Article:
Thursday, June 27, 2002
I mentioned in the previous note on New URLSessionFormat() Function that CF now supports "J2EE sessions". What are they? And why would you care? Well, as a coder, it's possible that they'd only add benefit and, again, there's little reason not to use them. Again, it's a feature set in the CFMX Administrator, in the "memory variables" page, checking the "Use J2EE session variables" option and restarting the server.
As mentioned, J2EE sessions work by sending to the client a cookie not with CFID and CFTOKEN but instead JSessionID. (Actually, if CFAPPLICATION has CLIENTMANAGENT="yes", then the CFID/CFTOKEN pair are still sent, to support client variables only.)
There's more to the difference between the CFID/CFTOKEN pair and JSessionID than just the name. First, the JSessionID value is a more elaborate combination of characters (including a UUID). As mentioned in the previous note on Optional UUID for CFTOKEN, the default CFID/CFTOKEN pair are simply a few numbers each. That makes them easy to guess. That previous note showed that you can change the CFTOKEN to use a UUID, so that benefit may seem diminished.
But there are still more differences, and they can be very important to some. First, and coolest of all, is that J2EE sessions work the way most developers have long wished CF session variables would: when your user closes their browser, the session is terminated as well. Halleluiah!
Actually, to be completely accurate, it must be said that the session closes when the last browser instance open is closed. If the user has opened several Netscape windows, for instance, then only when they’ve closed them all will the session terminate. All Netscape windows share the same JSessionID.
With Internet Explorer, things are a little trickier. If multiple windows have been opened with the File>New>Window command or Ctrl-N keyboard shortcut, they'll share the same session and closing them all will terminate that session. But if you open an IE window with Start>Programs>Internet Explorer (or click the IE icon in the task bar launcher), that will open a new session.
Therefore, it's possible to have sessions for some windows terminate when closed while still having other IE windows open. But, again, closing them all will terminate any sessions with J2EE session variables enabled.
How does the mechanism work that allows the session to terminate when the browser is closed? Some may have already guessed it: the JSessionID that’s used for J2EE sessions is set as a non-persistent (or “per-session” or “temporary”) cookie. That means simply that the cookie value is not stored persistently in the browser user’s hard drive. It’s held only in the browser’s memory. So when the browser (all its instances) is closed, the JSessionID is lost. On the next visit by that user in a new browser window, they are given a new JSessionID.
This also points out that another benefit of using J2EE sessions for those organizations that are not allowed to use persistent cookies (such as the CFID and CFTOKEN cookie values set by CFMX and previous versions). These organizations can use J2EE sessions much more easily than they could CF-based sessions. There are ways in all releases of CF that they could force the CFID and CFTOKEN to be non-persistent, as outlined in the Macromedia Technote at http://www.macromedia.com/v1/Handlers/index.cfm?ID=21079&Method=Full. With J2EE sessions, they need not bother with that.
One final benefit of using J2EE sessions, which may or may not impress most CF developers, is that using them allows sharing of session variables with JSP and servlet programs also run under CFMX. That could be valuable, if you start exploring that capability.
I mentioned in the previous note (New URLSessionFormat() Function that one of the challenges of CFID and CFTOKEN pairs is that if the value is displayed on the URL, it's just very easy to guess. The CFID/CFTOKEN values are just a few simple numbers. By trying different numbers, a user may be able to impersonate or "spoof" another user's session (or client) variables. (And this really isn't a concern just if you pass them on the URL. Anyone familiar with the process can simply type a CFID/CFTOKEN pair on any URL running a CF template and possibly guess an active pair.)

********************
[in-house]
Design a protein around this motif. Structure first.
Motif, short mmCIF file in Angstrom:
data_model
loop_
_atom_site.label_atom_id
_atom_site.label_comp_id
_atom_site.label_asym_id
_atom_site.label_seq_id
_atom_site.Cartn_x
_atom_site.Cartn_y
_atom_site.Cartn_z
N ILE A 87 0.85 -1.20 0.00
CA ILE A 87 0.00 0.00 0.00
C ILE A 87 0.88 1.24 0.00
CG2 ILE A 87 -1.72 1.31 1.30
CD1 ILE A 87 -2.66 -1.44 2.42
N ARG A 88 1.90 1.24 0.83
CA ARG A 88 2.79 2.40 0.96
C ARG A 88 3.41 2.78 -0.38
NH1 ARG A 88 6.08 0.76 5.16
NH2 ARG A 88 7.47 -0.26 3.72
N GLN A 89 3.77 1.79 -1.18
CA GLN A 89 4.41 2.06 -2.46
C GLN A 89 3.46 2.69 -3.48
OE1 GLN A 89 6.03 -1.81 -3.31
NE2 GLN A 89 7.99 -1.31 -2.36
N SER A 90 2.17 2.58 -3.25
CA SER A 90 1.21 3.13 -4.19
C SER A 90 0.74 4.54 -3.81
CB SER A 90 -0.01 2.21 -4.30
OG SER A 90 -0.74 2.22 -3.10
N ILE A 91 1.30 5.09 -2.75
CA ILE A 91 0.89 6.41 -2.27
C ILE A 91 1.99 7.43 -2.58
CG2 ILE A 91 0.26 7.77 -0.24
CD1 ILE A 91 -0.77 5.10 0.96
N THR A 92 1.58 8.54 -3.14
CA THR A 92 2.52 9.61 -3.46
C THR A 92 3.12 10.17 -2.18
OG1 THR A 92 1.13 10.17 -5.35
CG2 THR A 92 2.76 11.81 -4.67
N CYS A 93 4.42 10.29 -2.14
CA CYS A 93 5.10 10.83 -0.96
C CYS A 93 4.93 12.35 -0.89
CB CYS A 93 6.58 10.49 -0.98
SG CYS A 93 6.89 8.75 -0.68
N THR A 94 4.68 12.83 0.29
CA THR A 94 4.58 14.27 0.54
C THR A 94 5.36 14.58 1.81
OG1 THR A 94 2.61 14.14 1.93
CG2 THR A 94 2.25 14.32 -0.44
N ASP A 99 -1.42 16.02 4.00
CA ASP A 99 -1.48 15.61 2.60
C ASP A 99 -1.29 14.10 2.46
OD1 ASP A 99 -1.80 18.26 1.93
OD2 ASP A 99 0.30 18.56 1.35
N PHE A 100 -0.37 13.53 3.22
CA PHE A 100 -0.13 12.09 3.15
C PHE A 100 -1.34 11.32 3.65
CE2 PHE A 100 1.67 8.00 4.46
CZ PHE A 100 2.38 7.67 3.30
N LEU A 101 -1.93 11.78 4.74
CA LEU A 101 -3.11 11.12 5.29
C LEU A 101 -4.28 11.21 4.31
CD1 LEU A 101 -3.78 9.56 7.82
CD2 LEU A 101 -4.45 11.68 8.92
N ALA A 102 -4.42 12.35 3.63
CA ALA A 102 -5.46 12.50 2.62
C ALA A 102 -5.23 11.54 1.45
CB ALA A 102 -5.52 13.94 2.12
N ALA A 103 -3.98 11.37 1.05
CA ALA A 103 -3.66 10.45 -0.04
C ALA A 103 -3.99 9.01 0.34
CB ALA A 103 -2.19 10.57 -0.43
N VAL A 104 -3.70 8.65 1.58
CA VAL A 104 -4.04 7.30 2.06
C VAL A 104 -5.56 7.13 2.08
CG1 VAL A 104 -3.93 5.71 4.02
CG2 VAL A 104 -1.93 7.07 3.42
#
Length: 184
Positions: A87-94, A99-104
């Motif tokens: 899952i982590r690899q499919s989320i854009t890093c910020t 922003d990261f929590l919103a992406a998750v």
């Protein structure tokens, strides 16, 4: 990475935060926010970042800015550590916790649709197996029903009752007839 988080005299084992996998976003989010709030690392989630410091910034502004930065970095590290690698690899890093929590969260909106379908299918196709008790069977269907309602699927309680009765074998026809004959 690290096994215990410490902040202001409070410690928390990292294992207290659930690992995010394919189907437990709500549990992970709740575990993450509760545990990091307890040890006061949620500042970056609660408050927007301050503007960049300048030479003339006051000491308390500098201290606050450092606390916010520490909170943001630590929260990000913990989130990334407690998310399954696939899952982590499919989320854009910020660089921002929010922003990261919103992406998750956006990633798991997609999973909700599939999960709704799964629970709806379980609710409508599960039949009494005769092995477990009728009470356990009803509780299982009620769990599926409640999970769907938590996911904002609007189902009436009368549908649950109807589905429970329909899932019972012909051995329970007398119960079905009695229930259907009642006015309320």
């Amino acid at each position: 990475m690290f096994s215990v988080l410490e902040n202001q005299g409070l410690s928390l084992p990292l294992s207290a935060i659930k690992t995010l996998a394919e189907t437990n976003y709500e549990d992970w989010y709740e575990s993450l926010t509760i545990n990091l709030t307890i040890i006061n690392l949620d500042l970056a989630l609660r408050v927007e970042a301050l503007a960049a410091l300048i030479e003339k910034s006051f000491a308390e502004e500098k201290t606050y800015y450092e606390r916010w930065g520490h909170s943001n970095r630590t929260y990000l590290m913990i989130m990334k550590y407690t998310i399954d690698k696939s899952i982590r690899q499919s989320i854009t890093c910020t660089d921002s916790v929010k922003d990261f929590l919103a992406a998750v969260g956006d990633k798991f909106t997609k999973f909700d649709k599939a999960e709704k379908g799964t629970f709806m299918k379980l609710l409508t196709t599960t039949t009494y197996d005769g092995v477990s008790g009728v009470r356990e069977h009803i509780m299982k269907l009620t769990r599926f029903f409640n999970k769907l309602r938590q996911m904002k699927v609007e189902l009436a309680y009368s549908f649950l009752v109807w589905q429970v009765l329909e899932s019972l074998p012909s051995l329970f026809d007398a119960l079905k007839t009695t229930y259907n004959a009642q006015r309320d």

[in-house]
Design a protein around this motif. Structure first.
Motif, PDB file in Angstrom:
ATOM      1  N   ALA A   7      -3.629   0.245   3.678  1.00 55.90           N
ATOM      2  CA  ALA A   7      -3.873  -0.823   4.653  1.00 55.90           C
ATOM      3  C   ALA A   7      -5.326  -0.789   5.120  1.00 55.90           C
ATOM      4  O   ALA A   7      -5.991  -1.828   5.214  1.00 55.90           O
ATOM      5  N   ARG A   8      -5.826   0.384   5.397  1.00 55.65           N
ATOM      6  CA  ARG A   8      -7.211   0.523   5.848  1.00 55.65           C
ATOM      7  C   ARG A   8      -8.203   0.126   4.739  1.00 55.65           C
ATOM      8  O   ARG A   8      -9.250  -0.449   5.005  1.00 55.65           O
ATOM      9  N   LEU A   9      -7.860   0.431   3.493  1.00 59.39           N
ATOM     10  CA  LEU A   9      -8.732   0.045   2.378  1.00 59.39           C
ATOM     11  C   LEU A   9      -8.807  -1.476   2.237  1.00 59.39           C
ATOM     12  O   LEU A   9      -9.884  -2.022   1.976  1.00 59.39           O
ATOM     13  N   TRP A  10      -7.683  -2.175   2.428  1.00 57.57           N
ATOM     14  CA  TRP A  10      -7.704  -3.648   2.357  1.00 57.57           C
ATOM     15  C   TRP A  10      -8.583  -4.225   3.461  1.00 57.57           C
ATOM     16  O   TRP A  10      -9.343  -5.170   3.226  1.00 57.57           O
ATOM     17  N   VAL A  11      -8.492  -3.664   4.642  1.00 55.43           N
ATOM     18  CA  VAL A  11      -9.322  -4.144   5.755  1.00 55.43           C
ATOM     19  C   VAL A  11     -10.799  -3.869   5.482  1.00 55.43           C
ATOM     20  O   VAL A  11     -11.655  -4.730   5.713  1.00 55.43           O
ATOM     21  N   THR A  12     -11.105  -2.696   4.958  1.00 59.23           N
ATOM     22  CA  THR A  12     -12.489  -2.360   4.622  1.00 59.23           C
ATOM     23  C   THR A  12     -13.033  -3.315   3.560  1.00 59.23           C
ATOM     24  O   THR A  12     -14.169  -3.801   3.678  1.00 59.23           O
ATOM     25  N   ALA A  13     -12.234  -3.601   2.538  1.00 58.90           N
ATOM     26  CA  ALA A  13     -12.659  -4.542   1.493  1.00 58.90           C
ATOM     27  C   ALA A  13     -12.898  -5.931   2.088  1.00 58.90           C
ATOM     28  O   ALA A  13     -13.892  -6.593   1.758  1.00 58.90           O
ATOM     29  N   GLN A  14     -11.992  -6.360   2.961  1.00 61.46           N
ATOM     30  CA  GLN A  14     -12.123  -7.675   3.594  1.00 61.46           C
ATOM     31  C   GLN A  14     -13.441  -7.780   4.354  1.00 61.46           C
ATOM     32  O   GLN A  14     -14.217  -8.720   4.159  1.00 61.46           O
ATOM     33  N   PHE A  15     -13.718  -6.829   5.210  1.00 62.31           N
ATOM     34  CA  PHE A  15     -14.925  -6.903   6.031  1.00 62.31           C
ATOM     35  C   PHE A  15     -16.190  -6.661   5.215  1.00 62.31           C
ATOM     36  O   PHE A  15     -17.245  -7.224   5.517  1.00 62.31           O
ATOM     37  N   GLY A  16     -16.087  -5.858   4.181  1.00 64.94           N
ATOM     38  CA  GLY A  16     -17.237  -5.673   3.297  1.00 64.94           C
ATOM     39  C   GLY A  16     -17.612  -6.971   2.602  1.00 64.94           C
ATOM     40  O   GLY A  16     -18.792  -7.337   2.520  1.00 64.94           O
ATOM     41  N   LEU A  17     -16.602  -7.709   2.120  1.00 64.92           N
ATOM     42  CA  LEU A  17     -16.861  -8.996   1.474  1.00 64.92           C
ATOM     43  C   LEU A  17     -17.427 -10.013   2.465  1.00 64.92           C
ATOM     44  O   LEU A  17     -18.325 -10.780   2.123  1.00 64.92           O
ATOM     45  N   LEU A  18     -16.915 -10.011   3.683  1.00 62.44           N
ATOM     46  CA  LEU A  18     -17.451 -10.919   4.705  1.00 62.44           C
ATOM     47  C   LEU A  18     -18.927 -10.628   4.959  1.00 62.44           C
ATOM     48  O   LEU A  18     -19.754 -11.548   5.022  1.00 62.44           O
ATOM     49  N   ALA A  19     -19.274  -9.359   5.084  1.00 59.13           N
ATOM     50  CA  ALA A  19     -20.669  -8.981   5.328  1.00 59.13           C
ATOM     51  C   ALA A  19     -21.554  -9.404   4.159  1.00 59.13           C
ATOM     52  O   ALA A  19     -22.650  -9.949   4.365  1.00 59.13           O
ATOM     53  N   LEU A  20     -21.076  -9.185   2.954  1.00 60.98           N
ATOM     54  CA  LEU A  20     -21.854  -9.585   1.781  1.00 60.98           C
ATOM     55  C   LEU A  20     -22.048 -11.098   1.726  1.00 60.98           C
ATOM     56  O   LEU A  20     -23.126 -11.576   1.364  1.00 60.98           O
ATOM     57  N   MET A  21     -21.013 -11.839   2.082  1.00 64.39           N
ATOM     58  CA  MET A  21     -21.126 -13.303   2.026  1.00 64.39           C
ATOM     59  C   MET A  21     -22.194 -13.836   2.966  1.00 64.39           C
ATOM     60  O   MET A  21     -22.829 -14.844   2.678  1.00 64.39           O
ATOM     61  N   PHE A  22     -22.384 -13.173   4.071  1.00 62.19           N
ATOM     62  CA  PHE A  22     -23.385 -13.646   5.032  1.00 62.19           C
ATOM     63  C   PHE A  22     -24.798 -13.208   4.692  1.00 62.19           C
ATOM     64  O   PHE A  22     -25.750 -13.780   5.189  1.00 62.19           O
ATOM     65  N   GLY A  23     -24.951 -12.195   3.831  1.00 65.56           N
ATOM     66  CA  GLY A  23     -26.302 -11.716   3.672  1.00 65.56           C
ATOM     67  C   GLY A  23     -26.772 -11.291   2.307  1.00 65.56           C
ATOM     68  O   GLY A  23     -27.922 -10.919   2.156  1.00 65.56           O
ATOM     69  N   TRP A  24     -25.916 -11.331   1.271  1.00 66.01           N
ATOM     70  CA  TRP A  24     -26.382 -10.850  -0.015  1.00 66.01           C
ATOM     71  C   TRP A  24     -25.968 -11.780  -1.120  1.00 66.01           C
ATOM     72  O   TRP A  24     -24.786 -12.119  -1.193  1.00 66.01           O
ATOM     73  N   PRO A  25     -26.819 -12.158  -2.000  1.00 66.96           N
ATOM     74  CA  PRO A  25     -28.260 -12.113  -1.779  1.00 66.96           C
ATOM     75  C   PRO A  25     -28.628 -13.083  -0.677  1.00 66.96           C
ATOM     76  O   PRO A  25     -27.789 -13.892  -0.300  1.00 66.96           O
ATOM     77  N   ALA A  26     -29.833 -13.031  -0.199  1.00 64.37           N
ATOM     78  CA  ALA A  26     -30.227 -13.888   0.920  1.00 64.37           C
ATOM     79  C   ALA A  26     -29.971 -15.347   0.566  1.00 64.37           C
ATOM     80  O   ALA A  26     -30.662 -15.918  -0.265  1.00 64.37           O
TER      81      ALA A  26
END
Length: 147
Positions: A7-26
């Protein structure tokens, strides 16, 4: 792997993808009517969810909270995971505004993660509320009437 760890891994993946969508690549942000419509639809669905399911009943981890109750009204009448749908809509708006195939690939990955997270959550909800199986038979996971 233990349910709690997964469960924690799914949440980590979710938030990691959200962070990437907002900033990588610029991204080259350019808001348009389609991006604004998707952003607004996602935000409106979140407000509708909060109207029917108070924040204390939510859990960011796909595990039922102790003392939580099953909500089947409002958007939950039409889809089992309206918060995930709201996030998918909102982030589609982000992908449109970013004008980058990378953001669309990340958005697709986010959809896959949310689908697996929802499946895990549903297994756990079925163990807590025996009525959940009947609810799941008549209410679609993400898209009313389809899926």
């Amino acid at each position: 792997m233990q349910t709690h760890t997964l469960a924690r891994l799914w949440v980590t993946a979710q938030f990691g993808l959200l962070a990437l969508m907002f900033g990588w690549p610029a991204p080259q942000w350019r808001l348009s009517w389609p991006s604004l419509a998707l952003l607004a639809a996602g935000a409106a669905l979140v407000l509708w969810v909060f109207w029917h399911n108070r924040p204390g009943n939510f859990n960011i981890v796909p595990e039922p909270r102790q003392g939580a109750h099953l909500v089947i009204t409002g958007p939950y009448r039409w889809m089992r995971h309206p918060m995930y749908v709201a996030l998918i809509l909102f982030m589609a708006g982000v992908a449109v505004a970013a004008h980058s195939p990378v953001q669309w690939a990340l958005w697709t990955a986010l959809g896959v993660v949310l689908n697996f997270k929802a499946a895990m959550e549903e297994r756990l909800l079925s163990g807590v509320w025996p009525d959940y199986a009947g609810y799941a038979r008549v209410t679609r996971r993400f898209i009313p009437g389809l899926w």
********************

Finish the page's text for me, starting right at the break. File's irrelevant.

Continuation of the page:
So another new feature of CFMX, which has nothing to do with J2EE session variables, is that you can ask the server to generate more elaborate UUIDs (universally unique identifiers) for the CFTOKEN. This is enabled in the Administrator, on the "server settings" page, by checking the option "Use UUID for cftoken". (The fact that this is not on the "memory variables" page reinforces the point that the CFTOKEN is used for both client and session variables.) You will need to restart the CFMX server for this change to take effect. You need not change any code to benefit from this new feature.
After enabling them, you may see that CFTOKEN values look more like this, as an example: 15ce46ab4e29af0a-AF695847-F92F-344A-133252991FB6C3B5. (You can see it yourself with <cfoutput>#cftoken#</cfoutput>.) Definitely a lot harder to randomly guess an active value! It's a feature that probably should be enabled by all sites, just for the added protection. The only risk is if you have any code that for some reason relies on the CFTOKEN being the simpler 8-digit number (or are storing the CFTOKEN in a database column that needs to be widened).
One side note: the ability to use a UUID for CFTOKEN isn't really new in CFMX. It's just easier to enable. In CF 4.5 and 5, it requires a manual registry change. See the Macromedia Technote at http://www.macromedia.com/v1/Handlers/index.cfm?ID=22427&Method=Full for more.
This first new feature is a real hidden gem that's not been played much at all. To understand its value, some background may be necessary. If you've needed to support session (or client) variables, then you know that these features rely primarily on the browser supporting cookies to be able to keep track of the user's identity (using what CF calls the CFID and CFTOKEN values it generates for each visitor).
Problems arise browsers that don't support (or are by mandate not allowed to accept) cookies visit your site. In that case, you must manually append the CFID and CFTOKEN to the URL used in any HTML you send to the browser that passes the user back to your server, such as <A HREF> and <FORM ACTION>. (The <CFLOCATION> tags also had an option called ADDTOKEN="yes" that accomplished the same thing).